You to your cell phone: I’m feeling lucky

If you want to watch your friends hyperventilate, just suggest that someday soon marketers will be monitoring their behavior on their cell phones, both in terms of buttons pressed on the device, and places the device is carried. Be kind, though. Resist the temptation, and don’t add that it may already be happening. Right now.

And so you don’t freak out right along with your friends, let me reassure you of two things:

  1. I am not doing this monitoring. No way. Honest.
  2. Those who are don’t care about you. They use totally anonymous data.

They have no interest in what you’ve been up to — if it doesn’t involve legal commerce. Ultimately, all they want to do is make your cell phone more valuable in your pursuit of the next purchase.

Mediapost recently interviewed GoTo CEO Lee Hancock about the future of behavioral targeting in the mobile phone space.

He talks about a world where your cell phone serves up relevant ads and opportunities the same way that (for example) Gmail, the email account from Google, serves us ads based on keywords embedded in our messages. In both cases, an automated process eavesdrops on you to a certain extent, but only in the service of customizing the user experience. It’s a good thing. And, I’m sure, this cell phone behavioral profiling will be something consumers can opt out of once it is refined and deployed for real.

How would this particular type of monitoring improve a cell phone experience? Here is Mr. Hancock’s example:

One way [that] interest, behavior and location [data] could work seamlessly together is: Say someone has downloaded Madonna song ringtones and goes to the movie menu frequently. An entertainment company promoting a new Madonna movie can target based on that content and behavior, but also focus on the specific movie theater near where that user is. Then a Starbucks nearby having a special Frappuccino offer can target their promotion or a Barnes and Noble nearby the theater can promote a new Madonna coffee-table book. Very powerful stuff, but obviously something that needs to be done responsibly.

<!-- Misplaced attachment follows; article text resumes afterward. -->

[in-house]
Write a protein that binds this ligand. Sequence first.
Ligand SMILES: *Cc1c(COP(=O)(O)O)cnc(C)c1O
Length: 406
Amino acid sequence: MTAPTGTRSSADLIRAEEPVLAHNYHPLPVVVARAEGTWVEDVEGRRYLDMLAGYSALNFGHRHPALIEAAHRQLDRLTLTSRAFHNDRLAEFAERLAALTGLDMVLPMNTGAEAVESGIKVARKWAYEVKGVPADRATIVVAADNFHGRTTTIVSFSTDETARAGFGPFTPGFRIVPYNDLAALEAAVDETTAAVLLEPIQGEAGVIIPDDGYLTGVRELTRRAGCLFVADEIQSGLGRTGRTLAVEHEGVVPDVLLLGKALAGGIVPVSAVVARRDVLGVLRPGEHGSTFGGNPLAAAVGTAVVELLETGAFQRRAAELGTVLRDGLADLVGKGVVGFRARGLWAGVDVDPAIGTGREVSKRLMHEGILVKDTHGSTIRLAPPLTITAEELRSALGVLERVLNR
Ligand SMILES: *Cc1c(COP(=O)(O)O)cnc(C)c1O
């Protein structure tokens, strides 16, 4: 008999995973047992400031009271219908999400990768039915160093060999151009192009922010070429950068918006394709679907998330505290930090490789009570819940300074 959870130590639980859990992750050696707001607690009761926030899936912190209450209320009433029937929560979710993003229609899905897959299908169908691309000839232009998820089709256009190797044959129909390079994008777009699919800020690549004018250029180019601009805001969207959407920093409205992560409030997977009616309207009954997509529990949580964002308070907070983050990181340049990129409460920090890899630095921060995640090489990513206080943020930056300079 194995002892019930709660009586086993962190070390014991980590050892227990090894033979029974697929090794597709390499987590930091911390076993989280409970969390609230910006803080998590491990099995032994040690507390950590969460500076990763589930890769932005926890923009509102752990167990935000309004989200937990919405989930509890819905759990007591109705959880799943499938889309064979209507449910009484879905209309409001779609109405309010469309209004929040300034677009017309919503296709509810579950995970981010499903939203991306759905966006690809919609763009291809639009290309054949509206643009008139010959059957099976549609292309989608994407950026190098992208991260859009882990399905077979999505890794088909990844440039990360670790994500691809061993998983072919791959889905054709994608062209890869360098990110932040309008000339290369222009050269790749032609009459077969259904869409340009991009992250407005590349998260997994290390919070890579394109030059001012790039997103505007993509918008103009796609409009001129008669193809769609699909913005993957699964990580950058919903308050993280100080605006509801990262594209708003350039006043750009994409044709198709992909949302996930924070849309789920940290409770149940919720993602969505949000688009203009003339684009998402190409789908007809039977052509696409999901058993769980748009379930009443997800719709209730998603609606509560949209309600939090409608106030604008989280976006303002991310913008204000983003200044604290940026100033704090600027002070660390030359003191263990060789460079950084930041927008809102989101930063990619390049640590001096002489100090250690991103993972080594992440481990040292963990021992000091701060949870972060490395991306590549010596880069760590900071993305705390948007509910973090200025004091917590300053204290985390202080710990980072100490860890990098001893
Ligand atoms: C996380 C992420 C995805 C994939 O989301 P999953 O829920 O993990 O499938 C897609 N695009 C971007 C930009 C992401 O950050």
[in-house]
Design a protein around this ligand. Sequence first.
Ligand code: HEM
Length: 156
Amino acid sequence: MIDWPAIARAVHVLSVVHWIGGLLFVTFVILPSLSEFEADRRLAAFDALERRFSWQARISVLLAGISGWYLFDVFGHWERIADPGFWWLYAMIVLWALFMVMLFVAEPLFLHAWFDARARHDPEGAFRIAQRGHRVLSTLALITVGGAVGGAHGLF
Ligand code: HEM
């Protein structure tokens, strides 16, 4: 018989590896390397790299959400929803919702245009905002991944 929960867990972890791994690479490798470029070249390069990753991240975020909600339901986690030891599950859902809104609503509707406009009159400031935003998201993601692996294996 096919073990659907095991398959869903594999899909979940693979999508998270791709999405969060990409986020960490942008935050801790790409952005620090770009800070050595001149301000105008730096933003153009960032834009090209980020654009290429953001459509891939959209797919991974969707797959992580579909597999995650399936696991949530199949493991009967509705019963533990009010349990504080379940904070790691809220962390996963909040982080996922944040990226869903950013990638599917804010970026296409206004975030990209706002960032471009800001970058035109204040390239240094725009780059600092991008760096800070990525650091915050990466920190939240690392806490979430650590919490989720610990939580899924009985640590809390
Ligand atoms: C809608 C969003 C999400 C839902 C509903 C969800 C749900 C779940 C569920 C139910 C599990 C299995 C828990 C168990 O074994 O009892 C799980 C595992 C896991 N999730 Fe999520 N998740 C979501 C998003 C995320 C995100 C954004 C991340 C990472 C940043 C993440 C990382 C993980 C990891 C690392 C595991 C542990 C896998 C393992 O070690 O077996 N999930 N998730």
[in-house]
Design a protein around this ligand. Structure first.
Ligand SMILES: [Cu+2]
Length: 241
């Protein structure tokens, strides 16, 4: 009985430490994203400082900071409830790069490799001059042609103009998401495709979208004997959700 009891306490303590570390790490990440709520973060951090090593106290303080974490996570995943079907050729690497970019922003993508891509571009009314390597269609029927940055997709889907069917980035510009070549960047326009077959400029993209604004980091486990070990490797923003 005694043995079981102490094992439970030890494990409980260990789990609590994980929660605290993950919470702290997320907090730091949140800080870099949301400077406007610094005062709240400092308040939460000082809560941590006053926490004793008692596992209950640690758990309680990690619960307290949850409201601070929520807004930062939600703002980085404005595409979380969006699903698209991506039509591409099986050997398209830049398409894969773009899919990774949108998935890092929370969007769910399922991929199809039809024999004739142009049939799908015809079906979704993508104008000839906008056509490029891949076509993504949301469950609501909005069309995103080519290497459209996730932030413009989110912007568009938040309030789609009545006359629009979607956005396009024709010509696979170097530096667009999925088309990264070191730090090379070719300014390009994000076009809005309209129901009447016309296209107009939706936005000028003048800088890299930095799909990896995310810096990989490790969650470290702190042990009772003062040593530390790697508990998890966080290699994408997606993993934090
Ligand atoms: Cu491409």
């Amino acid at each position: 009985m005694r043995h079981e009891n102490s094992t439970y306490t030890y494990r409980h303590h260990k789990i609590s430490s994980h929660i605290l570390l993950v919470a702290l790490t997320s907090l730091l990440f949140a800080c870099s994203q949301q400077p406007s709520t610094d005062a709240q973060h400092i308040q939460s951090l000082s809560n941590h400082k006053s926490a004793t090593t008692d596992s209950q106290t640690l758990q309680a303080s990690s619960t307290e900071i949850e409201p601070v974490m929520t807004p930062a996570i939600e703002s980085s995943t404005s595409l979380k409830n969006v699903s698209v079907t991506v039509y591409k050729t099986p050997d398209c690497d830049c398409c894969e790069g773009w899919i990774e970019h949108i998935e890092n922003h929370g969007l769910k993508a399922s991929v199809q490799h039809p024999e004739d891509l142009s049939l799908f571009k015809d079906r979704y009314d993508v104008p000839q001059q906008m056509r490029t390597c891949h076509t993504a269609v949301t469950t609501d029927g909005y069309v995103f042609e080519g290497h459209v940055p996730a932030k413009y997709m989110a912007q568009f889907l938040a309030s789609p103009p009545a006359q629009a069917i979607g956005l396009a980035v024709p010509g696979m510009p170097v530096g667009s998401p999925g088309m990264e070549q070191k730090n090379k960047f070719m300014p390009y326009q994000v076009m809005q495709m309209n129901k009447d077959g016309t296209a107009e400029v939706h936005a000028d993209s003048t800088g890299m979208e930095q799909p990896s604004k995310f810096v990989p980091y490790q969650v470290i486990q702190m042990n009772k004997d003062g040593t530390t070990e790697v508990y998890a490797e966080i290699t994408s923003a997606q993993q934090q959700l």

My take on this is that it shows promise, but I wonder how these messages will be presented to the user. We know that cell-based ads are not drawing strong responses when they are embedded in a phone’s web browser. And I, for one, would not want an SMS (text message) ad showing up on my cell phone every time I pass a Starbucks or music store. No, I need to initiate the suggestion process and be ready to consider the opportunities it presents.

A Modest Proposal

What if my cell phone had a single, additional button. When pressed, it “rewards” me. The reward it sends my way would be customized, as Hancock describes, based both on my behavior and where I am physically.

Please bear with me a moment. I’m going to make another Google comparison to illustrate my point.

When that search engine was new, it usually delivered more relevant and correct search results than competing search engines, including the goliath Yahoo! directory.

Google was boastful. The search page ballyhooed this advantage by providing two “Search” buttons. These buttons remain to this day. One delivers the top ten results, as most other search engines do. The other button is called, “I’m Feeling Lucky.” It takes you to the top result. Period. If you’re disappointed, you always have the “Back” button. But more often than not — especially back then, when the web was a smaller and simpler place — you got what you wanted.

That Google button is not something I use, but I’m sure for many it is like the food lever in Skinner’s classic box we learned about is Psych 101. That lever delivered a pellet of food each time it was pressed. It trained lab mice to associate a reward with this action.

Now imagine I’m the mouse — er — consumer. I’m in a mall, let’s say, and I’ve got a few minutes to kill before my wife returns from a shopping sortie. And I figure: What the heck. I press the button on my phone … the “I’m Feeling Lucky” button. And I receive via SMS a list of offers that I am likely to welcome. I may even act on one or two of them.